The Reserve Bank of India (RBI) must shift its focus back to bringing inflation under control, according to IMF's Mission Chief to India, Laura Papi, who believes the central bank should hold off from monetary policy easing until price pressures ease further.
"We think the best the RBI can do to restore confidence and revive investment is to bring inflation down," Papi told CNBC Asia's "Squawk Box" on Thursday. "While we see that the pressures on wholesale prices have come down, we are still concerned about inflation in consumer prices as it still exceeds 10 percent."
The RBI lowered interest rates by 25 basis points to 7.75 percent in January - its first such move in nine months - to help revive growth in Asia's third largest economy.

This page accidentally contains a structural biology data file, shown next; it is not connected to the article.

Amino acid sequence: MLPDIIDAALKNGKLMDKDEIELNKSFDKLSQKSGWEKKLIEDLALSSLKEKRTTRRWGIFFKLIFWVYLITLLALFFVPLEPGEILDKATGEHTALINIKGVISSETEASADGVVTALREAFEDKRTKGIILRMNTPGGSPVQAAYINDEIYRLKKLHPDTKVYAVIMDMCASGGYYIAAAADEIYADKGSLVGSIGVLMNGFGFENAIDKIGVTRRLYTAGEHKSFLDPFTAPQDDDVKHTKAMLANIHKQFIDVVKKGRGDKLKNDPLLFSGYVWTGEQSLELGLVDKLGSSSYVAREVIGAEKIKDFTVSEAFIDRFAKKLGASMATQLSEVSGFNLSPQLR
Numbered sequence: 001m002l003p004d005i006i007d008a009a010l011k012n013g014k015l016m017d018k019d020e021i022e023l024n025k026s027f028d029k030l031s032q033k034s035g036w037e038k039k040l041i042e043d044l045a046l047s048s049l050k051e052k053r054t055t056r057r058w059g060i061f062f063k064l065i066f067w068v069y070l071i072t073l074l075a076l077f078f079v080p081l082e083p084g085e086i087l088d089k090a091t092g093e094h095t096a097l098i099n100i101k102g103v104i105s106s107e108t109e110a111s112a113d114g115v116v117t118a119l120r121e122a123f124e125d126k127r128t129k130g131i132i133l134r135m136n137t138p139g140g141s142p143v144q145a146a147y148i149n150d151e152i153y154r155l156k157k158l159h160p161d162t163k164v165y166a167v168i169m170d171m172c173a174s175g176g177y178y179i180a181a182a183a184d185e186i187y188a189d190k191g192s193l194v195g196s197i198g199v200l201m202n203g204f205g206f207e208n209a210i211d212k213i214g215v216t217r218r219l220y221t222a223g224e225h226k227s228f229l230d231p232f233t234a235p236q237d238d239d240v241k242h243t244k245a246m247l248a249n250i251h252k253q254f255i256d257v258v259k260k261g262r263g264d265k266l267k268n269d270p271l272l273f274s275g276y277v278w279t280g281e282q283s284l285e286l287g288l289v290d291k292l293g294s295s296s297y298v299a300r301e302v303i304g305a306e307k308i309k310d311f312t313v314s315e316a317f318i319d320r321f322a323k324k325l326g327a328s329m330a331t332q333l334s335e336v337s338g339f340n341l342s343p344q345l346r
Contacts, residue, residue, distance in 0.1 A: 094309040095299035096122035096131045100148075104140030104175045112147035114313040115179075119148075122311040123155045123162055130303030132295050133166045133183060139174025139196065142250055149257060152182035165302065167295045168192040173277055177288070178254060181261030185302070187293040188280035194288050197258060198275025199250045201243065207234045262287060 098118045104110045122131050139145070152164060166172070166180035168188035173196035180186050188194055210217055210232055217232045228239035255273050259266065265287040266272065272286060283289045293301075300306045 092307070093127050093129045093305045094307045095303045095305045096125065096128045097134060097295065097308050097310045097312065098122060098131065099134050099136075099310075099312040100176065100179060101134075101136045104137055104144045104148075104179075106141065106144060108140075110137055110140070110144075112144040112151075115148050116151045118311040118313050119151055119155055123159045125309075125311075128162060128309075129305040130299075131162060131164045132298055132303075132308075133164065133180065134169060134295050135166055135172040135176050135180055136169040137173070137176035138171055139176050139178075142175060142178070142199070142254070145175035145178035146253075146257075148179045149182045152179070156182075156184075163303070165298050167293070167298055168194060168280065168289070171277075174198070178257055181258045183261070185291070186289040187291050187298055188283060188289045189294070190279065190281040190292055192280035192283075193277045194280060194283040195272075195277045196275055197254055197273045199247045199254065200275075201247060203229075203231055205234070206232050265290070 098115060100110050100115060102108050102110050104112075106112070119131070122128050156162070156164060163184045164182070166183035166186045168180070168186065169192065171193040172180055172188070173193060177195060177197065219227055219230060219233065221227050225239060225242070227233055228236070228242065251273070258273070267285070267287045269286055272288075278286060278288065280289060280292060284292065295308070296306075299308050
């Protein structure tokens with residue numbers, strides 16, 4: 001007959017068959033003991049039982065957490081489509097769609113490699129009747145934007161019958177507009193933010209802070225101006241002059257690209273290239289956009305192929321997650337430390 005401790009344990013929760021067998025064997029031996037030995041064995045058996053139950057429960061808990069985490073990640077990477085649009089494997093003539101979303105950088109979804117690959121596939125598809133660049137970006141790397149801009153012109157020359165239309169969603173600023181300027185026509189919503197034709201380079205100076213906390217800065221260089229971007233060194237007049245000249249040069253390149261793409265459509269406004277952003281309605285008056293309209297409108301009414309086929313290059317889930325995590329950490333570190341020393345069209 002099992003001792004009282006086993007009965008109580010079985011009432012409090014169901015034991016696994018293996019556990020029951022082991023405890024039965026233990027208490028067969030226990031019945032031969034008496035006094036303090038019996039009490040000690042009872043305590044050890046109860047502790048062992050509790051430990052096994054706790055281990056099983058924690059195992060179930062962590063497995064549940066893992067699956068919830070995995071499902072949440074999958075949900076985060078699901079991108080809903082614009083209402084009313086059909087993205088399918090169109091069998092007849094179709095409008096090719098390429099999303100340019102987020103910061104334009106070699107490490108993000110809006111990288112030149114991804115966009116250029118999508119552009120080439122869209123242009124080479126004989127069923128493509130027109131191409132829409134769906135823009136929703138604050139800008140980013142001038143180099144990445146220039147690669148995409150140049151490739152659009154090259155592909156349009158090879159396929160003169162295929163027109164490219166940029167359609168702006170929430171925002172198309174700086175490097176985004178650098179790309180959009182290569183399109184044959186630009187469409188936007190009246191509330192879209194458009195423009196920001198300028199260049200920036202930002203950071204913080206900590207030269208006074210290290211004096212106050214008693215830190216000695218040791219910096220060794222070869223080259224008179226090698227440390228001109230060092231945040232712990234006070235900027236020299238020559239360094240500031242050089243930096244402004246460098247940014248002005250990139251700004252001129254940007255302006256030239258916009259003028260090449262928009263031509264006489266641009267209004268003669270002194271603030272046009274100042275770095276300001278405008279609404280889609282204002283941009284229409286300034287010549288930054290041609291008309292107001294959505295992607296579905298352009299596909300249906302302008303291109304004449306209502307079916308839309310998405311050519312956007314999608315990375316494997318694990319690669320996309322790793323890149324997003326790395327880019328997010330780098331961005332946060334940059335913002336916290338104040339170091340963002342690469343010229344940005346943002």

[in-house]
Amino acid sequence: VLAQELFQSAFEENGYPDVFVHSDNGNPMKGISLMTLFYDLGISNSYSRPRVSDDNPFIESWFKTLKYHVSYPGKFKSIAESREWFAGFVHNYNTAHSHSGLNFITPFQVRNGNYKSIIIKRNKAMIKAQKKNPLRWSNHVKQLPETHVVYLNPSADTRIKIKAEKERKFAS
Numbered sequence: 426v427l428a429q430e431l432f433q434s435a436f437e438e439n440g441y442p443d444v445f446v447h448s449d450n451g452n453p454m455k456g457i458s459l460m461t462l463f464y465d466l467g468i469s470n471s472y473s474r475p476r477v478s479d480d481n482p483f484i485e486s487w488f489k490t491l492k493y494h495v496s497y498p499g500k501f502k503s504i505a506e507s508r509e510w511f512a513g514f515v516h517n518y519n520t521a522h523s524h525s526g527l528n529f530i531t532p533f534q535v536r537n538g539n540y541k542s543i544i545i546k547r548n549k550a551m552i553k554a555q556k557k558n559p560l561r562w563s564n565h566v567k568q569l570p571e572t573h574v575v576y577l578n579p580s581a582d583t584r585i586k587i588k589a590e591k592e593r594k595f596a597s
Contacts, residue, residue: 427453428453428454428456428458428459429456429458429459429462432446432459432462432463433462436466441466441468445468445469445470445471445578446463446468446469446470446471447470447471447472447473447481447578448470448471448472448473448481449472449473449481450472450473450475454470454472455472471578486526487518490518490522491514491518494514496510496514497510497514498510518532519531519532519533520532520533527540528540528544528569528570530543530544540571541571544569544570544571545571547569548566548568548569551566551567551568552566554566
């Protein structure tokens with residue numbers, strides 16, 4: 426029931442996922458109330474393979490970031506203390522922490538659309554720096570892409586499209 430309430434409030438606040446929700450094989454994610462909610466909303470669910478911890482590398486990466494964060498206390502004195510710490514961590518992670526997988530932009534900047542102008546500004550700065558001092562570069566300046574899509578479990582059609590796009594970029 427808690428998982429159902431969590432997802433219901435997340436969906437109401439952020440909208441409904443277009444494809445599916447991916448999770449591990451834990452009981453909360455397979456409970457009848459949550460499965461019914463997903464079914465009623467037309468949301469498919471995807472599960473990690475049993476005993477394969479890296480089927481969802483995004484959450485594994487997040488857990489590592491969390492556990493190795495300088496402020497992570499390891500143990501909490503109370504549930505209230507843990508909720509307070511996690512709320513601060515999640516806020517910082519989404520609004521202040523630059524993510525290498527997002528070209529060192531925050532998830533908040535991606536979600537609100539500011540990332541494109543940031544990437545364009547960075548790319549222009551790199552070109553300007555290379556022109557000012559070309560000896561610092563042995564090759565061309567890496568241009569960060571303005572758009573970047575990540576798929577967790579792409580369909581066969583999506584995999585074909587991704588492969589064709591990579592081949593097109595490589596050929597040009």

India, which is due to report advance estimates for gross domestic product (GDP) growth for the current fiscal year ending March 2013 on Thursday, saw growth slow to 5.3 percent in July to September quarter.
(Read More: India Cuts Rates for First Time in Nine Months)
The IMF forecasts GDP growth in India will ease to 5.4 percent in the 2012-2013 fiscal year, after expanding 6.2 percent in the previous fiscal year.
Papi said that while India has the potential to return to the 8 to 9 percent growth levels seen before the global finical crisis, the government must implement further reforms to bring its fiscal deficit under control.
"We've seen very encouraging signs on the reform of fuel subsidies, if more is done on that front, this is one of the categories of spending that in our view should be cut - especially in terms of diesel subsidies - and then reallocate that money towards more pro-growth spending such as investment," she said.